"They're ugly. I don't like them. Every time I see a ginger walking past, male or female, I don't like them"
Yet the ginger flag is flying high these days. Prince Harry, Ed Sheeran, Damien Lewis, Rupert Grint and the aforementioned super rich presenter Chris Evans are all extremely successful regardless of their red roots, but still this prejudice still seems engrained in the minds of many.

Scott met a blonde girl in a park. She was pretty but her ignorance was immensely ugly. She had such a strong dislike for ginger people that she sounded plain crazy. Freckles, chest hair and the thought of kissing a ginger were too much for her to even contemplate. She told Scott his colour was 'joke ginger' and that people of the red persuasion should expect to be mocked or be the subject of insults.

Later Scott found out there was a festival in Holland for redheads where he could show an unfinished version of the film, but he also found someone he was attracted to, who just happened to be ginger. So Scott then had to deal with his own 'anti-gingerist' thoughts and feelings.

Being Ginger was not an earth shattering piece of investigative journalism, but it was an interesting, gentle, cruel, charming and at times amusing insight in to an almost absurd social stigma.

Channel 5 (who else?) bill this show as a social experiment, but really it's just a reality show with a twist, which is irksome. The makers have combined Bear Grylls with Big Brother to give us 'Big Brother in a loin cloth'. As you'd expect the contestants are all picked from three main pools.
  • Those that are likely to generate conflict from the off.
  • Those that are susceptible to pressure, or become fragile when out of their comfort zones.
  • Those that will do anything for fame, desperate to have their five minutes, regardless of the consequences.
On the flight to who knows where, Jay Frost has pressing concerns,
"I've got a fringe, I'll have to make a hair band."
Mmmm, my heart goes out to Jay and I'm sure the whole nation feels for him.
I'll be honest though, whereas I had the distinct impression that Jay would be the most annoying of the bunch, he was actually among the most curiously watchable to feature in the show. He's a mixture of embarrassment and wonder stuffed into the body of an overgrown boy.

Our 12 assorted British strangers were dropped in to a remote area of Bulgaria, that's right Bulgaria, and it was clear that as soon as Jay's woolly brain was engaged that he, himself, considered himself as a potential leader. Having dressed himself appropriately for the period in an assortment of animal skins, Jay gleefully looked at the camera and announced,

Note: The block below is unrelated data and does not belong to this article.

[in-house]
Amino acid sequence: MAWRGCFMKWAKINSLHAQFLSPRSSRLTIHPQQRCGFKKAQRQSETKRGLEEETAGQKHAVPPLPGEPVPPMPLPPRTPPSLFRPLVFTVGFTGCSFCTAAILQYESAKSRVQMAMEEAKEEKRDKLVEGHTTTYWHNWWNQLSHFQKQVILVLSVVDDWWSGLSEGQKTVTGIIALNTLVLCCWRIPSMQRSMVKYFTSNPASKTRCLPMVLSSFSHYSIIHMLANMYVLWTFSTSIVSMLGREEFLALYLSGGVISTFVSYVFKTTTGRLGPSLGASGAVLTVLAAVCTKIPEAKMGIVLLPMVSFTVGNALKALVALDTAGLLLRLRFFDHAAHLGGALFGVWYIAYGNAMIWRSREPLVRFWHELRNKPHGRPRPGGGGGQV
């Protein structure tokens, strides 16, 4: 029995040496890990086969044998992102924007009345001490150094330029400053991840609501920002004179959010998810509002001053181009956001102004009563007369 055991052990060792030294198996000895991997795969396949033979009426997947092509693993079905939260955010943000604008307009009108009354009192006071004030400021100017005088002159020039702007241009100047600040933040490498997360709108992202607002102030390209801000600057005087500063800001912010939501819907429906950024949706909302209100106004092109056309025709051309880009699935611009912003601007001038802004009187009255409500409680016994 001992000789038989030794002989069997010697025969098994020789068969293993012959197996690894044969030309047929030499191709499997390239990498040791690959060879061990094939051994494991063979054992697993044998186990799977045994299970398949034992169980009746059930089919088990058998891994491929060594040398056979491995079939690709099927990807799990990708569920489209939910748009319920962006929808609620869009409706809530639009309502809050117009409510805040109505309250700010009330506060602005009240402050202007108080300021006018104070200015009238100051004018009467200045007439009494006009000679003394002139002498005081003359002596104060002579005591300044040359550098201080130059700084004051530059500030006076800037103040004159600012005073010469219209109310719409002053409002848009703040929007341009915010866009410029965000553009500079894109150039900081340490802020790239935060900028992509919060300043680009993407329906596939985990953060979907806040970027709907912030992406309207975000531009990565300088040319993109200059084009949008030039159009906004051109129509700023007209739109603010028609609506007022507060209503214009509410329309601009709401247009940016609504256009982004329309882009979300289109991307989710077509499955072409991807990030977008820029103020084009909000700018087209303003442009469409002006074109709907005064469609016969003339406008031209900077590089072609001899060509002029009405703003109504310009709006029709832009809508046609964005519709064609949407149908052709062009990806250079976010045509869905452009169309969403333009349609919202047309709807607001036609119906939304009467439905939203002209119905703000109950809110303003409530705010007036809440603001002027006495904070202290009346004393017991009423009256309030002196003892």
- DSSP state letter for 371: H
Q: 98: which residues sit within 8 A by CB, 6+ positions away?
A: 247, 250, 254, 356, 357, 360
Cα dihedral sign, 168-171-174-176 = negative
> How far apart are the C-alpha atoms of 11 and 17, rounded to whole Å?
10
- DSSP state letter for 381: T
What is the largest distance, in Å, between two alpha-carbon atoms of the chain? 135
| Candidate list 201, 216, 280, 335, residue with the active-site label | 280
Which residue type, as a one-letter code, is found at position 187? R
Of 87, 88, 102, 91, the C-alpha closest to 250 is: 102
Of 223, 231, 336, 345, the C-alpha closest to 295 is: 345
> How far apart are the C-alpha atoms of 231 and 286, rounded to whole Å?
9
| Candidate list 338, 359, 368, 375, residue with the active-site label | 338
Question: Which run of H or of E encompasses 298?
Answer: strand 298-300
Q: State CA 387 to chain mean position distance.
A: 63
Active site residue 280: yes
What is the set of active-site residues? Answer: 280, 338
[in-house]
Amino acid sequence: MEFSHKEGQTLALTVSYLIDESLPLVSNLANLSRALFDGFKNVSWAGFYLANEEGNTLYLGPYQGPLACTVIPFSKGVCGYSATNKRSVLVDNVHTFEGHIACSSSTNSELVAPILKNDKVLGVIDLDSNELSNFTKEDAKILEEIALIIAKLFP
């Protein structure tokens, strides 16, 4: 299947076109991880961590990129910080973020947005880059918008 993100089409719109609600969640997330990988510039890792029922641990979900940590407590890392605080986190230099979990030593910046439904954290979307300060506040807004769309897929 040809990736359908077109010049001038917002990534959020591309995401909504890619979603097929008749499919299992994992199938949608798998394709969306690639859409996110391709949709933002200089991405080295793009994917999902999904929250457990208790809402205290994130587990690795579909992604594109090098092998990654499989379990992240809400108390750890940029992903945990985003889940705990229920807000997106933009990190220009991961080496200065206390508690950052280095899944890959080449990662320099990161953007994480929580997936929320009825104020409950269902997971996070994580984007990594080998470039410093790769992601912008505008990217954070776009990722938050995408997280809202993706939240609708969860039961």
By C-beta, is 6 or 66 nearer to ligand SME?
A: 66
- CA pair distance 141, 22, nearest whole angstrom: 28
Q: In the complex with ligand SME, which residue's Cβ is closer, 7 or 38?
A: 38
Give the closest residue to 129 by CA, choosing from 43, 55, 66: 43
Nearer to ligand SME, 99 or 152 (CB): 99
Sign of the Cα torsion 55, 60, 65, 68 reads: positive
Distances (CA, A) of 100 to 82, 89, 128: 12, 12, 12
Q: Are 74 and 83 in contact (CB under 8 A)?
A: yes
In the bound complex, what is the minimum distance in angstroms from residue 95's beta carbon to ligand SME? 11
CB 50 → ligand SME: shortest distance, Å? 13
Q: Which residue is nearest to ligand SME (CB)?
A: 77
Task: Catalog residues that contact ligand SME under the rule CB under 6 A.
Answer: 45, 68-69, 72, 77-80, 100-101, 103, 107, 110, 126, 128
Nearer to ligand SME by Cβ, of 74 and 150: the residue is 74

"I've got a head band, I'm ready."
Thank god for that I thought. And the nation breathed a sigh of relief.

Soon, it was time to pick the genuine leader, and Susan, a former A&E consultant, was selected by virtue of a majority decision. OK, she's good under pressure, she's able to organise and make decisions but where on earth was her headband? Come on Sue, get your priorities right.

Instead of attending to her fringe Sue concerned herself with food and water and dispatched a small party to see what they could find. Jay looked on, eating the fruit and nuts which were intended to sustain the entire group. Did I mention I liked Jay?

Later, another party discovered a settlement much better suited to their needs. Susan decided that the motley crew should up sticks and relocate, but on root she and Jay became separated from the main party. Jay asked her,
"Do you watch Holby City? Do you eat Mars bars? Where did you go on holiday?"
Susan tried her best not to bludgeon him with a nearby rock.

As if to illustrate Jay's woeful ineptitude, he'd been left alone at their previous camp to make sense of a hand painted rock that would act as a map. There were basic illustrations for Jay to gawp at but he was too clever by far,
"They look like animals, and that wavy line looks like water"
With those sort of powers of deduction it looks like the group is in safe hands. But it's the viewers I'm worried about!

Let's face it, we've all got too much stuff that we squirrel away in cupboards or drawers, but likely nowhere near as much as Augustine, a 68 year old mother of two, who has taken hoarding to new extreme. It's become so bad that the authorities demanded she clear it up or she risks loosing her home (if she can find it under all the mess).